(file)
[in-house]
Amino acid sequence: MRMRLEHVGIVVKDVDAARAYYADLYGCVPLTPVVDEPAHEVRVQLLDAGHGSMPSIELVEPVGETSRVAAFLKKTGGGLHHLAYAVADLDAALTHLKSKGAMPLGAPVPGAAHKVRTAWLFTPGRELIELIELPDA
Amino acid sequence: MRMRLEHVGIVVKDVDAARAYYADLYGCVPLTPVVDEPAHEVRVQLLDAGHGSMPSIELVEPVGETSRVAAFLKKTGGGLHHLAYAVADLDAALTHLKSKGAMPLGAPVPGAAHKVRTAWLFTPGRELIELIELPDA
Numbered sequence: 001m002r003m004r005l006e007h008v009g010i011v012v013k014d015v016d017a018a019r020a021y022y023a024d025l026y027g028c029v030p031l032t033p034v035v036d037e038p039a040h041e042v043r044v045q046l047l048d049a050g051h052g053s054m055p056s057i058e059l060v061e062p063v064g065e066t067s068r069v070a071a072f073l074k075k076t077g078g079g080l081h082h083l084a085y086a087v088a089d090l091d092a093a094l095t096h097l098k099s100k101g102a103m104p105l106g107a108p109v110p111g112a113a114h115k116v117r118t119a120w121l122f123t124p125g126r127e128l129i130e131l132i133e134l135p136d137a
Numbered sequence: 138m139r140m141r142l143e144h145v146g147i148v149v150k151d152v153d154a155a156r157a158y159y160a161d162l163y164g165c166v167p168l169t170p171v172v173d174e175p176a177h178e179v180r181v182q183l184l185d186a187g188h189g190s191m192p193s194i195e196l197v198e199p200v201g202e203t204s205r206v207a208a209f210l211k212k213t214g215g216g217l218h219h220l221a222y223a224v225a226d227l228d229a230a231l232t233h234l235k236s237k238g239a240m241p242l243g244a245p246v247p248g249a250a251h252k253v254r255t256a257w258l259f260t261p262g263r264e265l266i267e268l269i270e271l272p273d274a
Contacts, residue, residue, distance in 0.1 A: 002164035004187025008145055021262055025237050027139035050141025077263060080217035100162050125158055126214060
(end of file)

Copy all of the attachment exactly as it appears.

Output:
[in-house]
Amino acid sequence: MRMRLEHVGIVVKDVDAARAYYADLYGCVPLTPVVDEPAHEVRVQLLDAGHGSMPSIELVEPVGETSRVAAFLKKTGGGLHHLAYAVADLDAALTHLKSKGAMPLGAPVPGAAHKVRTAWLFTPGRELIELIELPDA
Amino acid sequence: MRMRLEHVGIVVKDVDAARAYYADLYGCVPLTPVVDEPAHEVRVQLLDAGHGSMPSIELVEPVGETSRVAAFLKKTGGGLHHLAYAVADLDAALTHLKSKGAMPLGAPVPGAAHKVRTAWLFTPGRELIELIELPDA
Numbered sequence: 001m002r003m004r005l006e007h008v009g010i011v012v013k014d015v016d017a018a019r020a021y022y023a024d025l026y027g028c029v030p031l032t033p034v035v036d037e038p039a040h041e042v043r044v045q046l047l048d049a050g051h052g053s054m055p056s057i058e059l060v061e062p063v064g065e066t067s068r069v070a071a072f073l074k075k076t077g078g079g080l081h082h083l084a085y086a087v088a089d090l091d092a093a094l095t096h097l098k099s100k101g102a103m104p105l106g107a108p109v110p111g112a113a114h115k116v117r118t119a120w121l122f123t124p125g126r127e128l129i130e131l132i133e134l135p136d137a
Numbered sequence: 138m139r140m141r142l143e144h145v146g147i148v149v150k151d152v153d154a155a156r157a158y159y160a161d162l163y164g165c166v167p168l169t170p171v172v173d174e175p176a177h178e179v180r181v182q183l184l185d186a187g188h189g190s191m192p193s194i195e196l197v198e199p200v201g202e203t204s205r206v207a208a209f210l211k212k213t214g215g216g217l218h219h220l221a222y223a224v225a226d227l228d229a230a231l232t233h234l235k236s237k238g239a240m241p242l243g244a245p246v247p248g249a250a251h252k253v254r255t256a257w258l259f260t261p262g263r264e265l266i267e268l269i270e271l272p273d274a
Contacts, residue, residue, distance in 0.1 A: 002164035004187025008145055021262055025237050027139035050141025077263060080217035100162050125158055126214060